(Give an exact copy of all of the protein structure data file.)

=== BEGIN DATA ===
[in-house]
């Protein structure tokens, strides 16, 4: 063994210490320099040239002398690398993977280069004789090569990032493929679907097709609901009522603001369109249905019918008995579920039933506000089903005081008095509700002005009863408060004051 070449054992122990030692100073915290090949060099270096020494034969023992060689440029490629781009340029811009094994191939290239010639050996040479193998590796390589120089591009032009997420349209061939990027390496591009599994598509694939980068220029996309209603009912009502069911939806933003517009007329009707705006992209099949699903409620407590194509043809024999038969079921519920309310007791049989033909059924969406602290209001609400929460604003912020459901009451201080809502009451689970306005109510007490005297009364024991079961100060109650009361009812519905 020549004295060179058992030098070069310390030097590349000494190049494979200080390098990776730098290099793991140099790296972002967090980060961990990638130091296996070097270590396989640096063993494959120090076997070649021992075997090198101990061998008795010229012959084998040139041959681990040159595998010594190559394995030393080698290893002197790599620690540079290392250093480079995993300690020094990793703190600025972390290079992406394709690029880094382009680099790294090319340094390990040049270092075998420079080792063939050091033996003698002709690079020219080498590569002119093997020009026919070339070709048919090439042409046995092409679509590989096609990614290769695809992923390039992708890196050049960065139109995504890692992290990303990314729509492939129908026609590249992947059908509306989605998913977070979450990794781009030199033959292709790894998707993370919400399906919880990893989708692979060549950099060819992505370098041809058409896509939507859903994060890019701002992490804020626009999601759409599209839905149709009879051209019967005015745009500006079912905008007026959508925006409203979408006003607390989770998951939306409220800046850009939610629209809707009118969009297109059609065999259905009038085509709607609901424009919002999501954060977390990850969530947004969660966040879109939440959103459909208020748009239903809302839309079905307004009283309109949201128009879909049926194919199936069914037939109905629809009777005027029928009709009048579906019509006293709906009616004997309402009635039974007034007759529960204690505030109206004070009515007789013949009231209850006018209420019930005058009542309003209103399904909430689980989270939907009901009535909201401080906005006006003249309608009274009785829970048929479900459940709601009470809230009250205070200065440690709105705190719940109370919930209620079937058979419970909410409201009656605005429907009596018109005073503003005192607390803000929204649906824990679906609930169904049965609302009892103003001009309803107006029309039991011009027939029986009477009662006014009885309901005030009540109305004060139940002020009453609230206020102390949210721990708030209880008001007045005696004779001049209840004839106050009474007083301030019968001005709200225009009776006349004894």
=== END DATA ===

[in-house]
């Protein structure tokens, strides 16, 4: 063994210490320099040239002398690398993977280069004789090569990032493929679907097709609901009522603001369109249905019918008995579920039933506000089903005081008095509700002005009863408060004051 070449054992122990030692100073915290090949060099270096020494034969023992060689440029490629781009340029811009094994191939290239010639050996040479193998590796390589120089591009032009997420349209061939990027390496591009599994598509694939980068220029996309209603009912009502069911939806933003517009007329009707705006992209099949699903409620407590194509043809024999038969079921519920309310007791049989033909059924969406602290209001609400929460604003912020459901009451201080809502009451689970306005109510007490005297009364024991079961100060109650009361009812519905 020549004295060179058992030098070069310390030097590349000494190049494979200080390098990776730098290099793991140099790296972002967090980060961990990638130091296996070097270590396989640096063993494959120090076997070649021992075997090198101990061998008795010229012959084998040139041959681990040159595998010594190559394995030393080698290893002197790599620690540079290392250093480079995993300690020094990793703190600025972390290079992406394709690029880094382009680099790294090319340094390990040049270092075998420079080792063939050091033996003698002709690079020219080498590569002119093997020009026919070339070709048919090439042409046995092409679509590989096609990614290769695809992923390039992708890196050049960065139109995504890692992290990303990314729509492939129908026609590249992947059908509306989605998913977070979450990794781009030199033959292709790894998707993370919400399906919880990893989708692979060549950099060819992505370098041809058409896509939507859903994060890019701002992490804020626009999601759409599209839905149709009879051209019967005015745009500006079912905008007026959508925006409203979408006003607390989770998951939306409220800046850009939610629209809707009118969009297109059609065999259905009038085509709607609901424009919002999501954060977390990850969530947004969660966040879109939440959103459909208020748009239903809302839309079905307004009283309109949201128009879909049926194919199936069914037939109905629809009777005027029928009709009048579906019509006293709906009616004997309402009635039974007034007759529960204690505030109206004070009515007789013949009231209850006018209420019930005058009542309003209103399904909430689980989270939907009901009535909201401080906005006006003249309608009274009785829970048929479900459940709601009470809230009250205070200065440690709105705190719940109370919930209620079937058979419970909410409201009656605005429907009596018109005073503003005192607390803000929204649906824990679906609930169904049965609302009892103003001009309803107006029309039991011009027939029986009477009662006014009885309901005030009540109305004060139940002020009453609230206020102390949210721990708030209880008001007045005696004779001049209840004839106050009474007083301030019968001005709200225009009776006349004894």